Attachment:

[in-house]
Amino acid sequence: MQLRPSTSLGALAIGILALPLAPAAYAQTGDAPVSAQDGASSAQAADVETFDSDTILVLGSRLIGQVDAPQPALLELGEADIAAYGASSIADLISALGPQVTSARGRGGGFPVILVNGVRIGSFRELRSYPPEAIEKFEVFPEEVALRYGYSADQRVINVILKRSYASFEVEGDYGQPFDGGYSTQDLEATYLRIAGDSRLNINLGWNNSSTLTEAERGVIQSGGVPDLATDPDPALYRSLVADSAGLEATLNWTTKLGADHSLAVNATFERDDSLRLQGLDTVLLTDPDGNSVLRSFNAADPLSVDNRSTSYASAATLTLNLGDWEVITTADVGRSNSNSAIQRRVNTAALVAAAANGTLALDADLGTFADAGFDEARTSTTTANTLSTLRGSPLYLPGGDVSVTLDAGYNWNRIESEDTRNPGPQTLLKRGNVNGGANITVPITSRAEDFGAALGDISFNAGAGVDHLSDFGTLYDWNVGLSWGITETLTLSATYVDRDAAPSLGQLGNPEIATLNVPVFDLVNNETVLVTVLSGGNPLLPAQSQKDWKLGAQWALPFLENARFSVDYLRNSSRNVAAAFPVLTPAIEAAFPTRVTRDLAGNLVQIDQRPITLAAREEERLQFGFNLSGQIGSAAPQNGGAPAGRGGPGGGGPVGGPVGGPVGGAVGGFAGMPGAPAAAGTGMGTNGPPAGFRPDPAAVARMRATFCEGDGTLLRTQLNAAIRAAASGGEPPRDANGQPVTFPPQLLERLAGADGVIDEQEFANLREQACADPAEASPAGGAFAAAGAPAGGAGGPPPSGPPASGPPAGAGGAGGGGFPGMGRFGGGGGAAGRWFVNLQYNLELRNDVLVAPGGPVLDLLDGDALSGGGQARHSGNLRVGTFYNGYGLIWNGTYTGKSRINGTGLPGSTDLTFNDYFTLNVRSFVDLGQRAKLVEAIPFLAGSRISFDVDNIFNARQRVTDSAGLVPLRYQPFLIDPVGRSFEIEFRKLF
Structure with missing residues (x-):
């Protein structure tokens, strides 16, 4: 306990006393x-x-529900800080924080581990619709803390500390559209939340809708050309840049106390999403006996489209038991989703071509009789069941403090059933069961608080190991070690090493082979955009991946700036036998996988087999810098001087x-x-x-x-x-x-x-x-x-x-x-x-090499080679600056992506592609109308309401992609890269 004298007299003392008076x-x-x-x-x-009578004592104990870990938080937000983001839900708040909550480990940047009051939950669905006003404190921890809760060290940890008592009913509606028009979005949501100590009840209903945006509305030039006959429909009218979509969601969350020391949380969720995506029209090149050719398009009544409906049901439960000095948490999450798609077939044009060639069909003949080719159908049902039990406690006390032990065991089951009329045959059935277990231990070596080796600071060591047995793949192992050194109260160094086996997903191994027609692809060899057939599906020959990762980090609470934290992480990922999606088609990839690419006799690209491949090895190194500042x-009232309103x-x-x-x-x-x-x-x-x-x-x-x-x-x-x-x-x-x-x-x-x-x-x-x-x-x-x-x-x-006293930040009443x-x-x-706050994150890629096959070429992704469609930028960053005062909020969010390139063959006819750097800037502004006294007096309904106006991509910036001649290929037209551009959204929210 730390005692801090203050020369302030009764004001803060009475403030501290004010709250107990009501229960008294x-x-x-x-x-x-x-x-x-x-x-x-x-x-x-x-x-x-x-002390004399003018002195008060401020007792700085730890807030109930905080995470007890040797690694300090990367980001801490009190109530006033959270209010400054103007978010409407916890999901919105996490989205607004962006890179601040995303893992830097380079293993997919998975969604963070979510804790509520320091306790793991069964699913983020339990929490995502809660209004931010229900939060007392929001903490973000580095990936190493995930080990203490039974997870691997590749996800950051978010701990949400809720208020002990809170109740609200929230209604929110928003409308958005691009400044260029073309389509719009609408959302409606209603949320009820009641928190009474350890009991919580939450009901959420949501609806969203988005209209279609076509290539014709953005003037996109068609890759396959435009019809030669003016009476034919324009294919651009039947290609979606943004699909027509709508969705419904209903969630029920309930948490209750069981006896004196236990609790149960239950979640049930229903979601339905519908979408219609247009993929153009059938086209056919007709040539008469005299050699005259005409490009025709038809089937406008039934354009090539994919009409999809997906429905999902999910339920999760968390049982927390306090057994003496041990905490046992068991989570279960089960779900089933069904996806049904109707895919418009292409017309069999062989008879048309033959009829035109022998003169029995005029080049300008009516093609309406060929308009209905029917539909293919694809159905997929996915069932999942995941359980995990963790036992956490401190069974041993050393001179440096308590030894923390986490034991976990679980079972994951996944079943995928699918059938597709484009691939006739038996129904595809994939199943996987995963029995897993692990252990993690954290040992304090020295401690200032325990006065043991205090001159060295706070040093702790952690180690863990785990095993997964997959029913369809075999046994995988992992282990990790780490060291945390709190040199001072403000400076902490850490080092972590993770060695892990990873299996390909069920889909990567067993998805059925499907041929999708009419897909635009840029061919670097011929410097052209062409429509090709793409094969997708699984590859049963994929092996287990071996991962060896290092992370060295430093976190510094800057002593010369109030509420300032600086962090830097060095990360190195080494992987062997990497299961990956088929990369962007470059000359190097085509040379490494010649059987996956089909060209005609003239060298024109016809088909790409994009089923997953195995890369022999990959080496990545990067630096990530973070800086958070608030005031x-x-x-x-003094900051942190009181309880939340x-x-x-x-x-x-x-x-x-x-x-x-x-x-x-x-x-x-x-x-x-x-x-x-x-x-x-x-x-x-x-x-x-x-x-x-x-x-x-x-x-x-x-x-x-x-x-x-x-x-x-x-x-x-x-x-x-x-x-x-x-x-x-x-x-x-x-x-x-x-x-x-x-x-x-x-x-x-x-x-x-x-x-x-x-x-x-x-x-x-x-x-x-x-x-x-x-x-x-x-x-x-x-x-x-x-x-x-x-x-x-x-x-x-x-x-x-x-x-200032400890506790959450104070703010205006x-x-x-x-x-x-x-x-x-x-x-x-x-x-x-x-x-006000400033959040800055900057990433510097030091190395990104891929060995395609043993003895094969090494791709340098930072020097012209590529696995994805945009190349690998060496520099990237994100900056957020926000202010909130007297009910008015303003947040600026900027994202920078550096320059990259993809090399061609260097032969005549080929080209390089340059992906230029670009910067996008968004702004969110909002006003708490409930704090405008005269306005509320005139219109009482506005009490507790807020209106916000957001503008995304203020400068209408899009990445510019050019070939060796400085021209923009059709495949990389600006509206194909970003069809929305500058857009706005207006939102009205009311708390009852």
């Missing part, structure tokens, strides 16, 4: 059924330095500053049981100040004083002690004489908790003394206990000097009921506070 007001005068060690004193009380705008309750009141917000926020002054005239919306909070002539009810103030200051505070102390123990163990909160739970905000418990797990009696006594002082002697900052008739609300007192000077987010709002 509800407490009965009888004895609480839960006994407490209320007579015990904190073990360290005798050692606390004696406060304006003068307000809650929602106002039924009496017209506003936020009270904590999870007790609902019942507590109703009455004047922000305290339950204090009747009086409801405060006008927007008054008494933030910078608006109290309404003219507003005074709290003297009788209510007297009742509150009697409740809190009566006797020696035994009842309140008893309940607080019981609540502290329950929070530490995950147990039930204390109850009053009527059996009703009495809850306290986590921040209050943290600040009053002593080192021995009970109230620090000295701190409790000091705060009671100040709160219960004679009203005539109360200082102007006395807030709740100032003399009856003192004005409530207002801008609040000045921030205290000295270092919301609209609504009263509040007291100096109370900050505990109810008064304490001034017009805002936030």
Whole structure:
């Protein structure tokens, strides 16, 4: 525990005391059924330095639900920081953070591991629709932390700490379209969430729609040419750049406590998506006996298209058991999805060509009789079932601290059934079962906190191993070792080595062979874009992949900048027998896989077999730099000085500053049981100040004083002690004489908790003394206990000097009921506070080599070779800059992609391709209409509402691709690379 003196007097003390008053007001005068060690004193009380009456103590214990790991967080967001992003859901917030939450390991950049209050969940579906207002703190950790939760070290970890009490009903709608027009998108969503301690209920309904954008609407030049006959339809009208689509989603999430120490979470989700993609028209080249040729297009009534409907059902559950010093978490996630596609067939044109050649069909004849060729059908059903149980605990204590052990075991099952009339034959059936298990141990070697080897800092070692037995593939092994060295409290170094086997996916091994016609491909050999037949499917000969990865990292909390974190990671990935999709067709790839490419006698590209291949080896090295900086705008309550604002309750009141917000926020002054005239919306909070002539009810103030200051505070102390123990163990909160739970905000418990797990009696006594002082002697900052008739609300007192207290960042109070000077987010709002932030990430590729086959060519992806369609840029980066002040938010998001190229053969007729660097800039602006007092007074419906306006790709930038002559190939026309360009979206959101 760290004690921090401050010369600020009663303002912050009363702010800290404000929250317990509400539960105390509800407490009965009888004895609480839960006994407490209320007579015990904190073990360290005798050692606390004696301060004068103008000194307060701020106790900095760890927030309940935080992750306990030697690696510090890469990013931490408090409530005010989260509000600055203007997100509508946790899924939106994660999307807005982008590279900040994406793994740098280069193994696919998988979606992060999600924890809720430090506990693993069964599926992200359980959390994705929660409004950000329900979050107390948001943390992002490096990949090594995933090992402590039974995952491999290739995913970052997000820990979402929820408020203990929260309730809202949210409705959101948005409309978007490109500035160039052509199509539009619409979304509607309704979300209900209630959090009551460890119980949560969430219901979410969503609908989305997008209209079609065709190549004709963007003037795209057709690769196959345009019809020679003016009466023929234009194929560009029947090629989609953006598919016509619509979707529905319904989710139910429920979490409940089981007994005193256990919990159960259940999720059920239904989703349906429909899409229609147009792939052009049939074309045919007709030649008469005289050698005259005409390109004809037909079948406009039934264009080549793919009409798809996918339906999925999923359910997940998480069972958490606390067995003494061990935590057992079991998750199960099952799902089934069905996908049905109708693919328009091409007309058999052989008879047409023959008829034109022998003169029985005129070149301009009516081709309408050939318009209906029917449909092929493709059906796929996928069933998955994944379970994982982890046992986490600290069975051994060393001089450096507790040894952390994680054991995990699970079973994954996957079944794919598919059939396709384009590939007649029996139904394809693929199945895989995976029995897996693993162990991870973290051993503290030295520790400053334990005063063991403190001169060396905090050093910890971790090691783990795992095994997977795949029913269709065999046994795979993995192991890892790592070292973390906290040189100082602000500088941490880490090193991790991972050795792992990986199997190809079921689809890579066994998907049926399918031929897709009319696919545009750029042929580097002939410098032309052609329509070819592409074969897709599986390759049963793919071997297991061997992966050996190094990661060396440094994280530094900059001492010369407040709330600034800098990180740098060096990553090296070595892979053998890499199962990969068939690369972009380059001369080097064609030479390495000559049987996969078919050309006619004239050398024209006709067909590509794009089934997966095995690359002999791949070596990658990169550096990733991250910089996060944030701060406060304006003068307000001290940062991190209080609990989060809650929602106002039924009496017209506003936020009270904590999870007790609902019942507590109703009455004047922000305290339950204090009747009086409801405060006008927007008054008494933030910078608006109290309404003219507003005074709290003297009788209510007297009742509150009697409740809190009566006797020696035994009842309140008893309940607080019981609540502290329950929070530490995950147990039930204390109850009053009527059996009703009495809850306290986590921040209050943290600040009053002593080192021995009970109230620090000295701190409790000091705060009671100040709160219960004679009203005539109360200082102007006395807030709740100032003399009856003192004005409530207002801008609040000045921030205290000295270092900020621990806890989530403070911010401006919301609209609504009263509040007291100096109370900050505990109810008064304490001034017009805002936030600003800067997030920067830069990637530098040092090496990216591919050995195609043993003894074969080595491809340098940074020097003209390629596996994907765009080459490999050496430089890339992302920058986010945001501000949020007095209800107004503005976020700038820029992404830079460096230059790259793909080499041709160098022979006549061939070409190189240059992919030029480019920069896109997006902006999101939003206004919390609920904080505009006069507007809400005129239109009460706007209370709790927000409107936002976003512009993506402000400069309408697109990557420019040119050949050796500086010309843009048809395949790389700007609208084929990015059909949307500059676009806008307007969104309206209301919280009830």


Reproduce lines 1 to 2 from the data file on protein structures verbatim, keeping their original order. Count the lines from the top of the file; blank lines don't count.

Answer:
[in-house]
Amino acid sequence: MQLRPSTSLGALAIGILALPLAPAAYAQTGDAPVSAQDGASSAQAADVETFDSDTILVLGSRLIGQVDAPQPALLELGEADIAAYGASSIADLISALGPQVTSARGRGGGFPVILVNGVRIGSFRELRSYPPEAIEKFEVFPEEVALRYGYSADQRVINVILKRSYASFEVEGDYGQPFDGGYSTQDLEATYLRIAGDSRLNINLGWNNSSTLTEAERGVIQSGGVPDLATDPDPALYRSLVADSAGLEATLNWTTKLGADHSLAVNATFERDDSLRLQGLDTVLLTDPDGNSVLRSFNAADPLSVDNRSTSYASAATLTLNLGDWEVITTADVGRSNSNSAIQRRVNTAALVAAAANGTLALDADLGTFADAGFDEARTSTTTANTLSTLRGSPLYLPGGDVSVTLDAGYNWNRIESEDTRNPGPQTLLKRGNVNGGANITVPITSRAEDFGAALGDISFNAGAGVDHLSDFGTLYDWNVGLSWGITETLTLSATYVDRDAAPSLGQLGNPEIATLNVPVFDLVNNETVLVTVLSGGNPLLPAQSQKDWKLGAQWALPFLENARFSVDYLRNSSRNVAAAFPVLTPAIEAAFPTRVTRDLAGNLVQIDQRPITLAAREEERLQFGFNLSGQIGSAAPQNGGAPAGRGGPGGGGPVGGPVGGPVGGAVGGFAGMPGAPAAAGTGMGTNGPPAGFRPDPAAVARMRATFCEGDGTLLRTQLNAAIRAAASGGEPPRDANGQPVTFPPQLLERLAGADGVIDEQEFANLREQACADPAEASPAGGAFAAAGAPAGGAGGPPPSGPPASGPPAGAGGAGGGGFPGMGRFGGGGGAAGRWFVNLQYNLELRNDVLVAPGGPVLDLLDGDALSGGGQARHSGNLRVGTFYNGYGLIWNGTYTGKSRINGTGLPGSTDLTFNDYFTLNVRSFVDLGQRAKLVEAIPFLAGSRISFDVDNIFNARQRVTDSAGLVPLRYQPFLIDPVGRSFEIEFRKLF